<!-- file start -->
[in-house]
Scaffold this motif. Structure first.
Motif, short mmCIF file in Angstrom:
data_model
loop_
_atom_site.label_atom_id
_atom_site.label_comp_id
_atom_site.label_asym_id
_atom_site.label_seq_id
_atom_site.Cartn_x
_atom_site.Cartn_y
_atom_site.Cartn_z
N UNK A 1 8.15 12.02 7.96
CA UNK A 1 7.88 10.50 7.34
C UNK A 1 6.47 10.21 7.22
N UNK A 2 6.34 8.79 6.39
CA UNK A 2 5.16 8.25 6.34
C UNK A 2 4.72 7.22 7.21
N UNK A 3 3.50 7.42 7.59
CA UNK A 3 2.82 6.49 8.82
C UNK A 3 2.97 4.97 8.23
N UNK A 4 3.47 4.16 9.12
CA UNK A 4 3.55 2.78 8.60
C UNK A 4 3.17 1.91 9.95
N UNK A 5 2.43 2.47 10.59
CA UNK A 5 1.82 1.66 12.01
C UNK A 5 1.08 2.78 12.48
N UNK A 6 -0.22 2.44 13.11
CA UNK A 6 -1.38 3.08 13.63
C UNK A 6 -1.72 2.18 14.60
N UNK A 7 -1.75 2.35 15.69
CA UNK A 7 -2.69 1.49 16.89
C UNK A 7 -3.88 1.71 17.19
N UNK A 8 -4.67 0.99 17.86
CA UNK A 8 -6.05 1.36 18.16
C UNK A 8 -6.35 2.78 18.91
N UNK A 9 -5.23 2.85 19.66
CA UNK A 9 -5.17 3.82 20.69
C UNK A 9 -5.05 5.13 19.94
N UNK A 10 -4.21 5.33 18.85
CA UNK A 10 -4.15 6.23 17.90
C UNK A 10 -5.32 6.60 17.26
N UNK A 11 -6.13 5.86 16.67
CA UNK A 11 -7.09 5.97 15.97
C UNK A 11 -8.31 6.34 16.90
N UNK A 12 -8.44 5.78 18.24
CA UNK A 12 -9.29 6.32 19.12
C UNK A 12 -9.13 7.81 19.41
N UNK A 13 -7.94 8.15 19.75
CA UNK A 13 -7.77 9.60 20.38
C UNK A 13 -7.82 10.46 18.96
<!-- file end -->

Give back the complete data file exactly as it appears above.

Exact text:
[in-house]
Scaffold this motif. Structure first.
Motif, short mmCIF file in Angstrom:
data_model
loop_
_atom_site.label_atom_id
_atom_site.label_comp_id
_atom_site.label_asym_id
_atom_site.label_seq_id
_atom_site.Cartn_x
_atom_site.Cartn_y
_atom_site.Cartn_z
N UNK A 1 8.15 12.02 7.96
CA UNK A 1 7.88 10.50 7.34
C UNK A 1 6.47 10.21 7.22
N UNK A 2 6.34 8.79 6.39
CA UNK A 2 5.16 8.25 6.34
C UNK A 2 4.72 7.22 7.21
N UNK A 3 3.50 7.42 7.59
CA UNK A 3 2.82 6.49 8.82
C UNK A 3 2.97 4.97 8.23
N UNK A 4 3.47 4.16 9.12
CA UNK A 4 3.55 2.78 8.60
C UNK A 4 3.17 1.91 9.95
N UNK A 5 2.43 2.47 10.59
CA UNK A 5 1.82 1.66 12.01
C UNK A 5 1.08 2.78 12.48
N UNK A 6 -0.22 2.44 13.11
CA UNK A 6 -1.38 3.08 13.63
C UNK A 6 -1.72 2.18 14.60
N UNK A 7 -1.75 2.35 15.69
CA UNK A 7 -2.69 1.49 16.89
C UNK A 7 -3.88 1.71 17.19
N UNK A 8 -4.67 0.99 17.86
CA UNK A 8 -6.05 1.36 18.16
C UNK A 8 -6.35 2.78 18.91
N UNK A 9 -5.23 2.85 19.66
CA UNK A 9 -5.17 3.82 20.69
C UNK A 9 -5.05 5.13 19.94
N UNK A 10 -4.21 5.33 18.85
CA UNK A 10 -4.15 6.23 17.90
C UNK A 10 -5.32 6.60 17.26
N UNK A 11 -6.13 5.86 16.67
CA UNK A 11 -7.09 5.97 15.97
C UNK A 11 -8.31 6.34 16.90
N UNK A 12 -8.44 5.78 18.24
CA UNK A 12 -9.29 6.32 19.12
C UNK A 12 -9.13 7.81 19.41
N UNK A 13 -7.94 8.15 19.75
CA UNK A 13 -7.77 9.60 20.38
C UNK A 13 -7.82 10.46 18.96